Author’s Note: This is part of a new challenge brought to us by TheEditingGirl and her friend Elisichi called WordsToWonder. The idea is that every month they will give us a word and we’re to use it in a story or poem without looking up its meaning. The word for July is “limerance” and I chose to define it as a prayer to protect the soul of an animal. I have no idea why that came to mind, but I’m sure it’s not even close to the real definition, which is what makes this fun. If you’d like to join in, check out their blog and when you post, tag your post “WordsToWonder challenge.” They’ll post your story on their blogs and you’ll increase your blog traffic and readership and make new friends in the process. What could be better?
Knowing I could go no further, I stopped at the lodge. Blood had been dripping from the gash in my forearm for the past half hour, and when I realized I couldn’t feel my fingers, I had to stop. It was the middle of the night, and my presence was probably unwelcome at any hour, but I had no choice. My horse knew that something was amiss and whickered nervously as I dismounted.
“It’s okay, girl,” I whispered, “I won’t be long. If the shaman can’t help me, I’m counting on you to get me home.” I hooked the reins around a tree limb and approached the lodge, wondering how to best make my presence known. Should I knock? Should I call for help? I decided to knock before I lost my nerve and I was greeted by an angry young man who yanked the door open.
“What do you want?” he snarled.
“I’m hurt, I need help.”
“Go somewhere else!” He started to slam the door when an old man stepped from the shadows and stopped him.
“Son, where is your compassion?” he admonished.
“Father, she’s the enemy. Why should we help her?”
“No son, her people are our enemy. She’s a defenseless girl who needs our help. Come, child.” He took my hand and led me to a fire pit in the center of the room. As my eyes grew accustomed to the light, I saw ancient symbols painted on the walls and bundles of dried herbs that hung from the rafters. This man and his son were kiratu, members of a tribe known for their agricultural and healing arts. My people were their enemies because we didn’t understand their magic and persecuted them as witch doctors. No wonder the young man hated me. I hated myself, my shame over my people’s actions giving way to embarrassment and self-loathing.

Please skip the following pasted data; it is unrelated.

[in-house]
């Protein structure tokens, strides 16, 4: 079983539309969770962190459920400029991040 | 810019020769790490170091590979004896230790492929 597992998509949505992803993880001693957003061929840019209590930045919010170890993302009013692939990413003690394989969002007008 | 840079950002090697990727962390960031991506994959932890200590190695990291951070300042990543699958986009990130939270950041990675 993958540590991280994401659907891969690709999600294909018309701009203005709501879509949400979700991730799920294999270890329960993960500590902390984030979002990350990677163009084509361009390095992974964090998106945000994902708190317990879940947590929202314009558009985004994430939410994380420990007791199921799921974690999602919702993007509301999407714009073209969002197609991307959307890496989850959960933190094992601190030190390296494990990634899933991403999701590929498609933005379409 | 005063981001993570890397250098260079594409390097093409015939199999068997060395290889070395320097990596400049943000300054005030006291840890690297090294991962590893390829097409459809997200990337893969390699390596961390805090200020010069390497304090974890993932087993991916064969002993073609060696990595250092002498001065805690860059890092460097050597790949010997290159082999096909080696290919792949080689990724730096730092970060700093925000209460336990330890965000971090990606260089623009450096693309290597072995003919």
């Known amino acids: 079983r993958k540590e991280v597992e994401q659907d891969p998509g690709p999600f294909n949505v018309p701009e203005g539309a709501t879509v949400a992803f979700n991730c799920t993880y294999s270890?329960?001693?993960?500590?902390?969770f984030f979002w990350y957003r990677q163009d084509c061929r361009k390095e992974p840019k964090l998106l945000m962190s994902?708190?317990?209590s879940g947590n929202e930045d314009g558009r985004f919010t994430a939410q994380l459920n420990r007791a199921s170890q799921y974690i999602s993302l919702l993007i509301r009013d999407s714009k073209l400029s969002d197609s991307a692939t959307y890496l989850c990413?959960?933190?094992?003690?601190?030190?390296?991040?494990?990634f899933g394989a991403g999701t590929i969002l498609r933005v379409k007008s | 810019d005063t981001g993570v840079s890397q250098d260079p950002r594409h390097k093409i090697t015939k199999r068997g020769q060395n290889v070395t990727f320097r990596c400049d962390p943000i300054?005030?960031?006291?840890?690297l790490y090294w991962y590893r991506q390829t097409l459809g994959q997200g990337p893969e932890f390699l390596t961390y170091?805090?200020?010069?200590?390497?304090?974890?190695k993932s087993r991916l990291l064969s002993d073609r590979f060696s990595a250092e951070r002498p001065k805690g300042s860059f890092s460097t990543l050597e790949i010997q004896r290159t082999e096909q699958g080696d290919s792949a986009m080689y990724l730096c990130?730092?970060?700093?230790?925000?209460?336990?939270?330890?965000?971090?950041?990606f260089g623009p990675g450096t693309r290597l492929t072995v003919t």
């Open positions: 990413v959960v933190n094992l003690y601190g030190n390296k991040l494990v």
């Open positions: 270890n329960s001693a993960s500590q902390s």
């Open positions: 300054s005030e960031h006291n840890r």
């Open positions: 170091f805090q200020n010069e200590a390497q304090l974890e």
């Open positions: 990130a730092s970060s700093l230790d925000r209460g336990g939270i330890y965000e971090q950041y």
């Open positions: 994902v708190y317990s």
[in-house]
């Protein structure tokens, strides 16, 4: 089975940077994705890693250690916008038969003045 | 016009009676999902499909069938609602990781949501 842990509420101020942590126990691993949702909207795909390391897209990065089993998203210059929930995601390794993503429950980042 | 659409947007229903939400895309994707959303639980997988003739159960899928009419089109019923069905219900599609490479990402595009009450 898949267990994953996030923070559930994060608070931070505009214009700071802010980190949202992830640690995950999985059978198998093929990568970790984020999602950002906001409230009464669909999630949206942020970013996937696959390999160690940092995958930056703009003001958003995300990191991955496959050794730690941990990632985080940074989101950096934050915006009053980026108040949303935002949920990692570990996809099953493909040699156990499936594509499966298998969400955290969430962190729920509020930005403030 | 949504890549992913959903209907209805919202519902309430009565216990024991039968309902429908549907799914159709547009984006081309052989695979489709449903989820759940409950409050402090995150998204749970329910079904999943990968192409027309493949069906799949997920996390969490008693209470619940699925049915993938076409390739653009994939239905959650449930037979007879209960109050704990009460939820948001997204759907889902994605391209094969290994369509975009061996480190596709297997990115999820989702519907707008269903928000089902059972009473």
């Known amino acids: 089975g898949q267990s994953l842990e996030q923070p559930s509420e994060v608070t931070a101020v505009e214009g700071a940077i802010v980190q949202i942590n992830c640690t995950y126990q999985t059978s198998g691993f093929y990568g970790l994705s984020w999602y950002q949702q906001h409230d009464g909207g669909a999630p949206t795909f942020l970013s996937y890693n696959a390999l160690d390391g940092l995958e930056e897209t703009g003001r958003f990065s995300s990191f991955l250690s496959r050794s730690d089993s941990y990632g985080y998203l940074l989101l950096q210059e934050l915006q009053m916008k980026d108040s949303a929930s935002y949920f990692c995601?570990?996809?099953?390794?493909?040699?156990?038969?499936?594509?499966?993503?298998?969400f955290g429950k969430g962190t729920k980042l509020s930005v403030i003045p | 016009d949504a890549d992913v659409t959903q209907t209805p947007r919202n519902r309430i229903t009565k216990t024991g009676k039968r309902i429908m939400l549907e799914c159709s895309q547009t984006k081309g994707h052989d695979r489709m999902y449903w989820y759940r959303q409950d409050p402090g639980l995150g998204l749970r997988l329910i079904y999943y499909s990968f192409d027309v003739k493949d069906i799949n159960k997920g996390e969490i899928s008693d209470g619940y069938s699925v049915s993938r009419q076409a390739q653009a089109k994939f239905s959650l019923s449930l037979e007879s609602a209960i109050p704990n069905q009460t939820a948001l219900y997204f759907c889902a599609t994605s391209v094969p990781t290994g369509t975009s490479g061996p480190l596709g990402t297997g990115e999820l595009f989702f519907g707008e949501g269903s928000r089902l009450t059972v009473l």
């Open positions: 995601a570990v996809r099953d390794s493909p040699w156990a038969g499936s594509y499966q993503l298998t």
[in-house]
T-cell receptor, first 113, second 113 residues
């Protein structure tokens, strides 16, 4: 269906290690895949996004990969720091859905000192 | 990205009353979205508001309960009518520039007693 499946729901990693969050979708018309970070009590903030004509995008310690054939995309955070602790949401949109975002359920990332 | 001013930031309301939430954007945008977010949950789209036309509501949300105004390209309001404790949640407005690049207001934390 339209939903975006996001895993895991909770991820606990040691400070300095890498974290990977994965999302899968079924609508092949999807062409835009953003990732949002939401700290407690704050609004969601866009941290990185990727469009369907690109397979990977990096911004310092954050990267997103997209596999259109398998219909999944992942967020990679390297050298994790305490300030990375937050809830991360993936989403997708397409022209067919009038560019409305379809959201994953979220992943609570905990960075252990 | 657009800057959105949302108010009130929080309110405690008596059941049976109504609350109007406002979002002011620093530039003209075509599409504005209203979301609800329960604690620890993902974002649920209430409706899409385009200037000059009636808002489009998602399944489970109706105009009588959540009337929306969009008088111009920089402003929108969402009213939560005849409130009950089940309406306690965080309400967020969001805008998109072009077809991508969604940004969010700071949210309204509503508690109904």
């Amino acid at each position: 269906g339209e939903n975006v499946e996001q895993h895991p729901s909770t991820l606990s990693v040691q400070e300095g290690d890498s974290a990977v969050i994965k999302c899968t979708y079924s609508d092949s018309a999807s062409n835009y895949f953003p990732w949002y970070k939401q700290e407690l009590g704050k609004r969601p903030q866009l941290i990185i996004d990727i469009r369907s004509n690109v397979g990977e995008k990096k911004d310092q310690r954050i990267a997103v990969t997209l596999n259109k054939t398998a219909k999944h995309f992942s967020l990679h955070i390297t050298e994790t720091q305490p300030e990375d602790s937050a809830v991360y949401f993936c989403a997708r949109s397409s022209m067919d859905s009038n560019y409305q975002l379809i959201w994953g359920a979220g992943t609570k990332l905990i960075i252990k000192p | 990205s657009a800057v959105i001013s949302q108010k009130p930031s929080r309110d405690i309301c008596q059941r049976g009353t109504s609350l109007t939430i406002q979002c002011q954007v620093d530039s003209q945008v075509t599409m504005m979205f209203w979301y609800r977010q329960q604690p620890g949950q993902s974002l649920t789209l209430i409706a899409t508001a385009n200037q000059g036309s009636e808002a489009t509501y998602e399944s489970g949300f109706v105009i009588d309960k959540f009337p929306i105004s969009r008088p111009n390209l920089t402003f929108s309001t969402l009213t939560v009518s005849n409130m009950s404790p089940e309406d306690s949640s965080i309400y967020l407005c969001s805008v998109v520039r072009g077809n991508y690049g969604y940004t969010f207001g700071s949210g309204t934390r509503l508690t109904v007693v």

“How did this happen?” he asked as he cleansed my wound. I could tell he was trying to divert my attention from the pain of his work and I was grateful for the diversion.
“My stupid horse threw me and I gashed my arm on a rock.”
“Why is the horse the stupid one?” the son sniffed. “You’re the one who fell.”
“You have a point,” I conceded after a moment’s chastisement. “I think she got spooked, but I was on the ground before I noticed anything that could have scared her.”
The shaman ignored his son as he applied a mixture of herbs and oils to my wound. He then bandaged it with a leaf that had a pleasant spicy smell; it might have been my imagination, but when I inhaled its scent, I felt myself relax. “It should heal in a few days. Leave the dressing on until it comes off on its own and it will not scar. Before you go, I would like to say a limerance for your horse.”
“A limerance,” the son repeated. “ A prayer of healing for the soul of an animal.” The reverence with which he spoke was in stark contrast to the way he treated me and it was so touching, it brought tears to my eyes.
“That would be very kind.” The words sounded weak but I couldn’t think of anything else to say.
I followed them out of the lodge and the old man approached my horse, placing his hand on her nose. Her nostrils flared in fear and then he began speaking in hushed tones; I didn’t understand his language, but it sounded like a flowing river, and his voice calmed her almost immediately. When the limerance was over, the shaman rested his forehead against hers.
“She is no longer frightened, “ the old man announced.
My horse was no longer spooked and I was no longer ashamed of myself.
Our healing had begun.